GBI installs new vent hood for dangerous drug cases

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The state's top law enforcement agency now has a new tool to protect them from dangerous synthetic drugs.

Workers installed a new vent hood inside a Georgia Bureau of Investigation lab Thursday. The equipment has its own air filtration system and is designed to keep fumes and particulates from escaping into the air of the building.

"This was prompted by one case in particular that had furanylfentanyl in it and it really made us realize we've got to have a setup to handle these powders that may be in the air and harmful to all of us," explained Deneen Kilcrease, the GBI's chemistry section manager.

Fentanyl is a transdermal drug, meaning it can be absorbed through the skin. In many cases, it is so powerful that interacting with just a small amount of the drug can prove fatal.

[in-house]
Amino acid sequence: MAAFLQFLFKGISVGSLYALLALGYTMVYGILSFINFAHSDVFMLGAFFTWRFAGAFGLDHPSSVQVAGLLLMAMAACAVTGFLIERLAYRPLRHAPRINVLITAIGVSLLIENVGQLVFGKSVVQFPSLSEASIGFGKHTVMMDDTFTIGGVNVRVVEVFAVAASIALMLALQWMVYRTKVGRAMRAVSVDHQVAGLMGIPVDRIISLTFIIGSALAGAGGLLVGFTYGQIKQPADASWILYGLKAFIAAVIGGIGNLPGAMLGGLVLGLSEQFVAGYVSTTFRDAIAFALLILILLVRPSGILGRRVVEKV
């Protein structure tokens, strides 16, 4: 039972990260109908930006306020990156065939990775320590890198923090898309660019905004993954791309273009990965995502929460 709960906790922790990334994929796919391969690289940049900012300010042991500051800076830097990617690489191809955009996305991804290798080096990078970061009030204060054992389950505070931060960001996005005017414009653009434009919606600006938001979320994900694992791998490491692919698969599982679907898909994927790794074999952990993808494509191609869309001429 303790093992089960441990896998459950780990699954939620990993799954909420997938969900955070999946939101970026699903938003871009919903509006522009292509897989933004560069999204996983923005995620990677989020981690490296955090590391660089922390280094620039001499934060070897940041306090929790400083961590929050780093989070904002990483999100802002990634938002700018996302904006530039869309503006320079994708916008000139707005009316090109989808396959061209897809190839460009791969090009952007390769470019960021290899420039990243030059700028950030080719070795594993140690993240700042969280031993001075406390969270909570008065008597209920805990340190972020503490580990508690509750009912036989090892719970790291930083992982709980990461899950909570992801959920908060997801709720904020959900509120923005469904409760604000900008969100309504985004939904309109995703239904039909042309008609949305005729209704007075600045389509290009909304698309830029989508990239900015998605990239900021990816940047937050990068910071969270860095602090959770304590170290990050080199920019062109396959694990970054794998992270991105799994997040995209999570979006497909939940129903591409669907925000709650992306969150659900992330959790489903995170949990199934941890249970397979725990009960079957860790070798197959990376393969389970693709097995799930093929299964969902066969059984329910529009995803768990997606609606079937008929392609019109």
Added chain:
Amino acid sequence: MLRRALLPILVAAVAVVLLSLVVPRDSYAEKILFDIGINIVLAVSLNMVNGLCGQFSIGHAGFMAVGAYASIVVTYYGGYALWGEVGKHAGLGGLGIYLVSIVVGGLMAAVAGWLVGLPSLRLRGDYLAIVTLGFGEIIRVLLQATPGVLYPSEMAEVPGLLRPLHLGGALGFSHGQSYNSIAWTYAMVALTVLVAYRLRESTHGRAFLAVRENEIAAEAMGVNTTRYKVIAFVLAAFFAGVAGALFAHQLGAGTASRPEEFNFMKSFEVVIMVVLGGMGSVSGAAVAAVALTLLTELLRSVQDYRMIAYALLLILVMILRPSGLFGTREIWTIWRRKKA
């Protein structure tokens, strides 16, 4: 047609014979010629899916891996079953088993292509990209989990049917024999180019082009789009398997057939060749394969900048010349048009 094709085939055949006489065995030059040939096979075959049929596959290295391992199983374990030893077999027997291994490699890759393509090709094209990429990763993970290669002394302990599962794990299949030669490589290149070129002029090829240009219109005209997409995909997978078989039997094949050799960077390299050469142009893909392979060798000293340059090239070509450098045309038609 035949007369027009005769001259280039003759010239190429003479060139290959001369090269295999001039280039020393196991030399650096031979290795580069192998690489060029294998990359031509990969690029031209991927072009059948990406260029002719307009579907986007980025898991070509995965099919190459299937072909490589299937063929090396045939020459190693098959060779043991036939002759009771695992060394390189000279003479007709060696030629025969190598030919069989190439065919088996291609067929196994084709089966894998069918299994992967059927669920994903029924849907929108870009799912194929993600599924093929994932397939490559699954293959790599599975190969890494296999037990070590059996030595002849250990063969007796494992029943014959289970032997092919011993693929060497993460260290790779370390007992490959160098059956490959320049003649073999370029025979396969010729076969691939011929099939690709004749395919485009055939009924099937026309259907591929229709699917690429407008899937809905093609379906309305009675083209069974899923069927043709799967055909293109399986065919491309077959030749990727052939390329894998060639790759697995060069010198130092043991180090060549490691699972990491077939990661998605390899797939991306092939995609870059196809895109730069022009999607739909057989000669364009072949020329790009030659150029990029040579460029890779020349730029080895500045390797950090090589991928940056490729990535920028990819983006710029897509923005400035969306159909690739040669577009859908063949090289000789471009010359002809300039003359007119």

"It's definitely been shown that the fentanyl drug class is very dangerous if it's inhaled or touched and especially with some of the analogues that we really don't know that much about, we do want to err on the side of caution because we just simply don't know how dangerous they are," said Kilcrease.

The vent hood cost about $20,000.

"For me, it doesn't matter what the cost is," Kilcrease said. "It's the safety of the people that's important."

New statistics from the GBI show that the synthetic opioid problem only seems to be getting worse. Fentanyl and its derivatives have been linked to a larger number of overdose deaths in Georgia than heroin.

In 2013, the GBI handled 467 opioid overdose death cases. Of those, 32 were caused by heroin use and 47 were related to fetanyl. That number rose to 534 opioid overdose cases in 2016, with 68 linked to heroin and 110 to fentanyl.